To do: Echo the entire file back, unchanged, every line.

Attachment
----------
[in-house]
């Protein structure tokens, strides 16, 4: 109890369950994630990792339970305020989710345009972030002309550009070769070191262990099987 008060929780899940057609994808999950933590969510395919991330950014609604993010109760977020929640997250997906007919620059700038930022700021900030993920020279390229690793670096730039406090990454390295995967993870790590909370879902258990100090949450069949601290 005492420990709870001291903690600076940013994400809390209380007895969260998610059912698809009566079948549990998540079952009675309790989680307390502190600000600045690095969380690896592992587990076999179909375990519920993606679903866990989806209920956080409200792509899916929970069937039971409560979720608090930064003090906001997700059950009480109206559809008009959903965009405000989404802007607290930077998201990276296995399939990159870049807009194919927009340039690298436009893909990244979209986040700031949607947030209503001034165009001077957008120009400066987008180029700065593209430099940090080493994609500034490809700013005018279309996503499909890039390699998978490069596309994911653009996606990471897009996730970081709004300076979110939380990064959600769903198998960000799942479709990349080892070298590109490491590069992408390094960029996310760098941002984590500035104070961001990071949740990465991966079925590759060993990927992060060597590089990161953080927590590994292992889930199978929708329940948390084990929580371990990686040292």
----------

[in-house]
């Protein structure tokens, strides 16, 4: 109890369950994630990792339970305020989710345009972030002309550009070769070191262990099987 008060929780899940057609994808999950933590969510395919991330950014609604993010109760977020929640997250997906007919620059700038930022700021900030993920020279390229690793670096730039406090990454390295995967993870790590909370879902258990100090949450069949601290 005492420990709870001291903690600076940013994400809390209380007895969260998610059912698809009566079948549990998540079952009675309790989680307390502190600000600045690095969380690896592992587990076999179909375990519920993606679903866990989806209920956080409200792509899916929970069937039971409560979720608090930064003090906001997700059950009480109206559809008009959903965009405000989404802007607290930077998201990276296995399939990159870049807009194919927009340039690298436009893909990244979209986040700031949607947030209503001034165009001077957008120009400066987008180029700065593209430099940090080493994609500034490809700013005018279309996503499909890039390699998978490069596309994911653009996606990471897009996730970081709004300076979110939380990064959600769903198998960000799942479709990349080892070298590109490491590069992408390094960029996310760098941002984590500035104070961001990071949740990465991966079925590759060993990927992060060597590089990161953080927590590994292992889930199978929708329940948390084990929580371990990686040292």